Prime numbers are essential in many fields of mathematics
and computer science, especially cryptography. An interesting problem arises
when we need to decide whether an integer is a prime number.
The straightforward, naïve algorithm for deciding if a
number n is prime follows a procedure in which a loop from 2 to n-1 checks
every time whether the number representing the step of the loop divides n and
in that case returns false.
The previous algorithm runs in O (n). An improvement to the running time of the Naïve prime test can be achieved if we ask ourselves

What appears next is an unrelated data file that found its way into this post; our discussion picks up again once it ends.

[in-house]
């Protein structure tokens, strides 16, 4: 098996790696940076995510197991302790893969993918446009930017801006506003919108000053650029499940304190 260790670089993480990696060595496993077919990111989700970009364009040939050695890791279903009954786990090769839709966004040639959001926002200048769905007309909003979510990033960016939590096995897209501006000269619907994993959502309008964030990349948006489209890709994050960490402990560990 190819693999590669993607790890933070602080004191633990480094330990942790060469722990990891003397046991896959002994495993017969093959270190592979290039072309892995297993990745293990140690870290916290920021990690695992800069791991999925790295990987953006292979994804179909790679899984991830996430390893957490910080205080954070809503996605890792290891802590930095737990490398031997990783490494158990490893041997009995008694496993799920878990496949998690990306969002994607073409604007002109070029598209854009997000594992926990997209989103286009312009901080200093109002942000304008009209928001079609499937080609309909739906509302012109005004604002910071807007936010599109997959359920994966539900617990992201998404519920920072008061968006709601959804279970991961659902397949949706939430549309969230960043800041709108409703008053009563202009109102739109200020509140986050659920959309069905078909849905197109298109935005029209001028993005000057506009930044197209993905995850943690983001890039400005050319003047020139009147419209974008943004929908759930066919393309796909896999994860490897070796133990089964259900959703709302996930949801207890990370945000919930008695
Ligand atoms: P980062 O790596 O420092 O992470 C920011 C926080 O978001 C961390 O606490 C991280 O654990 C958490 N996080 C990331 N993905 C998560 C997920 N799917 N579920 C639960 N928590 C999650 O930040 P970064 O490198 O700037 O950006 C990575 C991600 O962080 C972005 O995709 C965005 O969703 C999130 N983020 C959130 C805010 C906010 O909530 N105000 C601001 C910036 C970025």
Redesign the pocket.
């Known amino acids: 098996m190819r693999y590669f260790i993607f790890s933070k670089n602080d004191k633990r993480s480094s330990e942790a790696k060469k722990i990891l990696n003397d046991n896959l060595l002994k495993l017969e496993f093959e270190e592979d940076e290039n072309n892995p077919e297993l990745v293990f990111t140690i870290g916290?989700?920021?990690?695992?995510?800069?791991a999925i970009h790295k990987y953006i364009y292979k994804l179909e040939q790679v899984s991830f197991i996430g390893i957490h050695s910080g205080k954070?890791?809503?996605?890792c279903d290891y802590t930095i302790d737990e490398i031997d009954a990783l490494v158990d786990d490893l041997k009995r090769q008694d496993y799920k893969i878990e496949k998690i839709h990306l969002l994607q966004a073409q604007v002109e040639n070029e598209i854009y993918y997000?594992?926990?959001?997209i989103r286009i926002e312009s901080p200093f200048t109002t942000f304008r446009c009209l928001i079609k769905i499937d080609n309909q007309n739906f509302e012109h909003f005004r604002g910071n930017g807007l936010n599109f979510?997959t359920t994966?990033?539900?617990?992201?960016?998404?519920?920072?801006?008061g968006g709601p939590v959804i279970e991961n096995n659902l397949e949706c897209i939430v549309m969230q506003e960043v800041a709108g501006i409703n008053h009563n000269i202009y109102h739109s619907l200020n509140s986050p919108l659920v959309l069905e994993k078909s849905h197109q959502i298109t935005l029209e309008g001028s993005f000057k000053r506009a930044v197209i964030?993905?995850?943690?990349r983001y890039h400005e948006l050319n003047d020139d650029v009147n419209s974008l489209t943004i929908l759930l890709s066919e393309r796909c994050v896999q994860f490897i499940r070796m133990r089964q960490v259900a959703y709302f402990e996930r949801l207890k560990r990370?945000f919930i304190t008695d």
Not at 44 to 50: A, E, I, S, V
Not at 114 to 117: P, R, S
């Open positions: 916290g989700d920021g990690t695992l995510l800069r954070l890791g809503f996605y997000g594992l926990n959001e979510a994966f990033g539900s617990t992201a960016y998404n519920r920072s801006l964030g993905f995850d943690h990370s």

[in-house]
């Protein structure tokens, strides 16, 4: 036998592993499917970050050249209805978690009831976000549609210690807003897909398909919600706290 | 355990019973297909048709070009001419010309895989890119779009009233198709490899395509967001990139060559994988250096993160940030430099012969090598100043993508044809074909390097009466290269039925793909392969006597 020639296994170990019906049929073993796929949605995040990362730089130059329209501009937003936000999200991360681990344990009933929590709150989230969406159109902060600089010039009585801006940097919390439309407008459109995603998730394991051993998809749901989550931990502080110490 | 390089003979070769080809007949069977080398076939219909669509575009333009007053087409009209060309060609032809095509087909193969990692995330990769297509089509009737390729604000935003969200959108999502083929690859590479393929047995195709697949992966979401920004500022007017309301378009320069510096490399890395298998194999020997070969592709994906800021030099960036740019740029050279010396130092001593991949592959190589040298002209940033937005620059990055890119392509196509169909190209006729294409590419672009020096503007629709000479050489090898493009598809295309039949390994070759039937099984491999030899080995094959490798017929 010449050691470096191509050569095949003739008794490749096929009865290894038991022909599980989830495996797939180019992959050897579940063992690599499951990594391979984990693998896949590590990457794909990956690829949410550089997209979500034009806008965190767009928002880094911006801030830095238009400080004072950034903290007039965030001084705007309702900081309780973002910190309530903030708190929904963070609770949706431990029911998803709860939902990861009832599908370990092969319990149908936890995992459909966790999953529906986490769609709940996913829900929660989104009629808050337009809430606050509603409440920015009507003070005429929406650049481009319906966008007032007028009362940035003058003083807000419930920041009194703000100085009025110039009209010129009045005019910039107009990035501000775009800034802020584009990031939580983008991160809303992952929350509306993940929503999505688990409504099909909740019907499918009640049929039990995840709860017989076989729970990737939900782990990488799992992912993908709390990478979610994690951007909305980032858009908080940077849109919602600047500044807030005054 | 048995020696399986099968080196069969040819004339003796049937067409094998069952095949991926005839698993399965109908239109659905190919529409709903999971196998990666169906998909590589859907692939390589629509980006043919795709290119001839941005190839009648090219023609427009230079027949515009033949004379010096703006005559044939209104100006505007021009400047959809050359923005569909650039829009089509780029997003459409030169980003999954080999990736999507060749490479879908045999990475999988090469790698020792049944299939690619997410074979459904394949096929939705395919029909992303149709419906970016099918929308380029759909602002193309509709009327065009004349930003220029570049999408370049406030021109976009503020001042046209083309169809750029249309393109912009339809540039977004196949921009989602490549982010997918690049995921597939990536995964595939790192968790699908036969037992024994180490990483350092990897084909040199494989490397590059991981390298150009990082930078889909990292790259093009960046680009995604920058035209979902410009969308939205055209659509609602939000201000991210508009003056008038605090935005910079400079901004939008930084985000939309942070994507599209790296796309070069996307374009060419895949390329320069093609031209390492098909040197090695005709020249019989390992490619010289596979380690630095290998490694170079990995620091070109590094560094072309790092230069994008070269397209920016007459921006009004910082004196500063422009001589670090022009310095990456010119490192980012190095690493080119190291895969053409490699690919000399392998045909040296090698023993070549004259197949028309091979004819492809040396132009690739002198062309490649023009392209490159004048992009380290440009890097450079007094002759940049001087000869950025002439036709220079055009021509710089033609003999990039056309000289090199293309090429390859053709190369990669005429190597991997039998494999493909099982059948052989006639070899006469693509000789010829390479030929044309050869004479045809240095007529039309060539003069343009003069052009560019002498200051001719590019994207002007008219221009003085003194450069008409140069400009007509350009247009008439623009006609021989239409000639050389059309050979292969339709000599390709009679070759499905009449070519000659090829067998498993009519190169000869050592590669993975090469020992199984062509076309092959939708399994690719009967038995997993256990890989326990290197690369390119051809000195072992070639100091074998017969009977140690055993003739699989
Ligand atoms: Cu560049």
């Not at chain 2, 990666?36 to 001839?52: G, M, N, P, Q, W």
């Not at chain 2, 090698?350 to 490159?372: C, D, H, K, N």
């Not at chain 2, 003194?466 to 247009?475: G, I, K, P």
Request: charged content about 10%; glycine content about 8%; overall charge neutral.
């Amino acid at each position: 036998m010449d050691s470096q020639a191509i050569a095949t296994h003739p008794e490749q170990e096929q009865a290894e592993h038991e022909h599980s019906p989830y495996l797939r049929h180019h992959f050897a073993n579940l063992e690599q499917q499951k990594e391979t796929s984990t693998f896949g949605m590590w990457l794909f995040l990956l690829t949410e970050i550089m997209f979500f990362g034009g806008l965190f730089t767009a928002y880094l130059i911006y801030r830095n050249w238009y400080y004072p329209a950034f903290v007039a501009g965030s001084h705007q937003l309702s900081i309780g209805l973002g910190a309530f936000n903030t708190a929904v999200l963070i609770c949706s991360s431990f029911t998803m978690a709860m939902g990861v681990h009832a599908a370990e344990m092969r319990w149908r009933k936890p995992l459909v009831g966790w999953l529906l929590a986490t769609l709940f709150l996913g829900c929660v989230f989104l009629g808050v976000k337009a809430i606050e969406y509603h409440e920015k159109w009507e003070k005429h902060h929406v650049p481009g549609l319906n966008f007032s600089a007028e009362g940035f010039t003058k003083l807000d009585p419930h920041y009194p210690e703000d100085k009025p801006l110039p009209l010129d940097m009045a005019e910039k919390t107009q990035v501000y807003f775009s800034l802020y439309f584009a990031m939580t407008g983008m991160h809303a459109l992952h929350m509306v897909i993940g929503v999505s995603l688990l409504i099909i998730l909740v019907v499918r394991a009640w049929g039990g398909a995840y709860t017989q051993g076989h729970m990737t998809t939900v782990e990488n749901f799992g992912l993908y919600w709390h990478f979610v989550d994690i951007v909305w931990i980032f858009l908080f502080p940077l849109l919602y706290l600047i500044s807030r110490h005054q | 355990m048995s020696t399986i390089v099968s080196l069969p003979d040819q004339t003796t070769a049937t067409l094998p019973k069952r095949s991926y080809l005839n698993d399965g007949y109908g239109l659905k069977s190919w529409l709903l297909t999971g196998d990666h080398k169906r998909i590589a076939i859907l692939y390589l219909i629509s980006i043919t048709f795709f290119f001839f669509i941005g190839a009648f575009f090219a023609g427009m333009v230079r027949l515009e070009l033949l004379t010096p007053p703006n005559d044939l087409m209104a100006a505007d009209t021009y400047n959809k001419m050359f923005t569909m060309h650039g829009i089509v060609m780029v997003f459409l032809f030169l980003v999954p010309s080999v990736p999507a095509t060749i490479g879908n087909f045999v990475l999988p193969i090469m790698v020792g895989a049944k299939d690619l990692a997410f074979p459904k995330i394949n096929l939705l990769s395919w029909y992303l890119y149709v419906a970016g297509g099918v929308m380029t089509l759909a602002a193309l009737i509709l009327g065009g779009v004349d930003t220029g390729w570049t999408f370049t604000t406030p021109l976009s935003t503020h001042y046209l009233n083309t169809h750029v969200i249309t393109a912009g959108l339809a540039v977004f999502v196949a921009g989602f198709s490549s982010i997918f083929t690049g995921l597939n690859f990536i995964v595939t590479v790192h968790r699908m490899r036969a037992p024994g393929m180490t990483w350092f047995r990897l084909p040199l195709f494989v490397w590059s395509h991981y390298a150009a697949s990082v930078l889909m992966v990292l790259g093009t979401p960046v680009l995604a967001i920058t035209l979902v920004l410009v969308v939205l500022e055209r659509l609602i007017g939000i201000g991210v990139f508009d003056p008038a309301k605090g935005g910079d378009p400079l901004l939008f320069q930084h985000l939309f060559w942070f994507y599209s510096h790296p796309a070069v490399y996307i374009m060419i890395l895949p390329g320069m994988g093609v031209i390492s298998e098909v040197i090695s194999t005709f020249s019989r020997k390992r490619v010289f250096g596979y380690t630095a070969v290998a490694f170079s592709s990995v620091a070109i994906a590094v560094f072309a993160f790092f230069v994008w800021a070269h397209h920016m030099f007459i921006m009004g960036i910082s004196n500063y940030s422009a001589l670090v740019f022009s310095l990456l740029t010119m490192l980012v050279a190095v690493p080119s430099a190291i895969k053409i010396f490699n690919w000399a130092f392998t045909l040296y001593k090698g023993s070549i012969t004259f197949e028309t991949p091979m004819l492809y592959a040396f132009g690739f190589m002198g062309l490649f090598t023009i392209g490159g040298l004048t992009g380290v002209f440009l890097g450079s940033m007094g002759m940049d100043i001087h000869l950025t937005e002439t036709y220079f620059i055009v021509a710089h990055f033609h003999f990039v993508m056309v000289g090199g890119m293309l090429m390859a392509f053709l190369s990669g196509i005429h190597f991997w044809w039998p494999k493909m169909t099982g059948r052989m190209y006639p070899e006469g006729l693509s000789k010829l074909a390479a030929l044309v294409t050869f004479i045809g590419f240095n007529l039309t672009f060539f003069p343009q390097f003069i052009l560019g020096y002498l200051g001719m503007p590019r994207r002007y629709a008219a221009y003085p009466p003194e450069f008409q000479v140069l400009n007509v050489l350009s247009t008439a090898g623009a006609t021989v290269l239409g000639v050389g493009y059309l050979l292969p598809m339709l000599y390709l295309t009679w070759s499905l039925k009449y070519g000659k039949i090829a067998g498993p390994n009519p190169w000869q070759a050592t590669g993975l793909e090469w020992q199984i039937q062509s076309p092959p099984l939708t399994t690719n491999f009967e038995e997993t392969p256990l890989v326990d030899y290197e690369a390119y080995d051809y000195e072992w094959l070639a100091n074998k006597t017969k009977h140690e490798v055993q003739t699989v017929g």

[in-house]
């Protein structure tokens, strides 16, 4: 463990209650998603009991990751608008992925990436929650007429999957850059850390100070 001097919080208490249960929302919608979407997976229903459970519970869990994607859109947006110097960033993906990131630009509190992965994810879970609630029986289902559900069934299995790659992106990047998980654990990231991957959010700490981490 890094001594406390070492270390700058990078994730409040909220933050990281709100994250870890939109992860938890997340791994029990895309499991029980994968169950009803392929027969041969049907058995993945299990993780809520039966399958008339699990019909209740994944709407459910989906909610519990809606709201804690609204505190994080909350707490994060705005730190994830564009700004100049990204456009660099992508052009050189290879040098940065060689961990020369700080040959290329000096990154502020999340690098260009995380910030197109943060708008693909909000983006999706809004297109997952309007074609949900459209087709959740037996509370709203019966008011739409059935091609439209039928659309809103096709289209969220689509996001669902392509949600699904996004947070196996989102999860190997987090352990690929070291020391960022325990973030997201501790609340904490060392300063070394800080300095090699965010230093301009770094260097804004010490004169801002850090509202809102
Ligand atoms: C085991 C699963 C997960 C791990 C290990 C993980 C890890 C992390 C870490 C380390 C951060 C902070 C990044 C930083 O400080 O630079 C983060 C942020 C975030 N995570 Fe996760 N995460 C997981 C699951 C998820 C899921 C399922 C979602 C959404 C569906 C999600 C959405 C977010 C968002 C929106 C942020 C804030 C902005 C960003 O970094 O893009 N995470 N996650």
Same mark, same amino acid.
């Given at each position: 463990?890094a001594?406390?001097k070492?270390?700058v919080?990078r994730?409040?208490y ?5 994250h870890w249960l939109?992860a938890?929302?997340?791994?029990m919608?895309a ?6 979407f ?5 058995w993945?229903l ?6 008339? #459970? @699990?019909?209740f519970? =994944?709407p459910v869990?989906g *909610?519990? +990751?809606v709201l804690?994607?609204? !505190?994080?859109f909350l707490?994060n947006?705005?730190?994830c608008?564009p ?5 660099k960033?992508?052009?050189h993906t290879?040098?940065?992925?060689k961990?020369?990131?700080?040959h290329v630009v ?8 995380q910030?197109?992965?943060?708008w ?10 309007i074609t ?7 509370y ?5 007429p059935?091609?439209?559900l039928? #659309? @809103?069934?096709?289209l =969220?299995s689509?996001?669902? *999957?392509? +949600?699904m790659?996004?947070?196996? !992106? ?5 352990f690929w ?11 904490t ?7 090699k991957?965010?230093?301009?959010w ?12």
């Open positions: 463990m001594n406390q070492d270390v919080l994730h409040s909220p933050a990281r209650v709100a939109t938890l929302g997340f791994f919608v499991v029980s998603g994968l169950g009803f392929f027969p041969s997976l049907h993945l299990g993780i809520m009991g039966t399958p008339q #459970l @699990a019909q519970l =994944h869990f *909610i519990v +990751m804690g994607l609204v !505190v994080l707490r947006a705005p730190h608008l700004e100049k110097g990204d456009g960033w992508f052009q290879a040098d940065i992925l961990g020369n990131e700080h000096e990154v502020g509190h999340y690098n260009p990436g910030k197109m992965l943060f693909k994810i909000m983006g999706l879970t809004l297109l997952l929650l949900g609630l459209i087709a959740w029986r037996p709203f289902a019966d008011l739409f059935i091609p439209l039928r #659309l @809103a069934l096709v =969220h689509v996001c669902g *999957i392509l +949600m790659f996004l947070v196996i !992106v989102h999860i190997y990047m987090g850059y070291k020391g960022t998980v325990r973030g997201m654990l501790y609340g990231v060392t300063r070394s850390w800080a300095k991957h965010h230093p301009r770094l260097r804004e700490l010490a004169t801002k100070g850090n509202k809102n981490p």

the question: Is it really necessary to loop from 2 to n-1? The answer to this question is no, is not necessary, it would be enough to loop only from 2 to squart(n).
Correctness of the IsPrime algorithm: Let’s assume that all numbers that divide n are greater than squart(n). If this is the case then
the smallest number that can divide n is squart(n)+1, but, if n is composed then the smallest numbers dividing n must be greater or equal than
[squart(n)+1] [squart(n)+1], but this product is greater than n, which is a contradiction, though there must be at least a number dividing n less than or
equal to squart(n) proving that the IsPrime algorithm will always find a number that divides n if it is composed.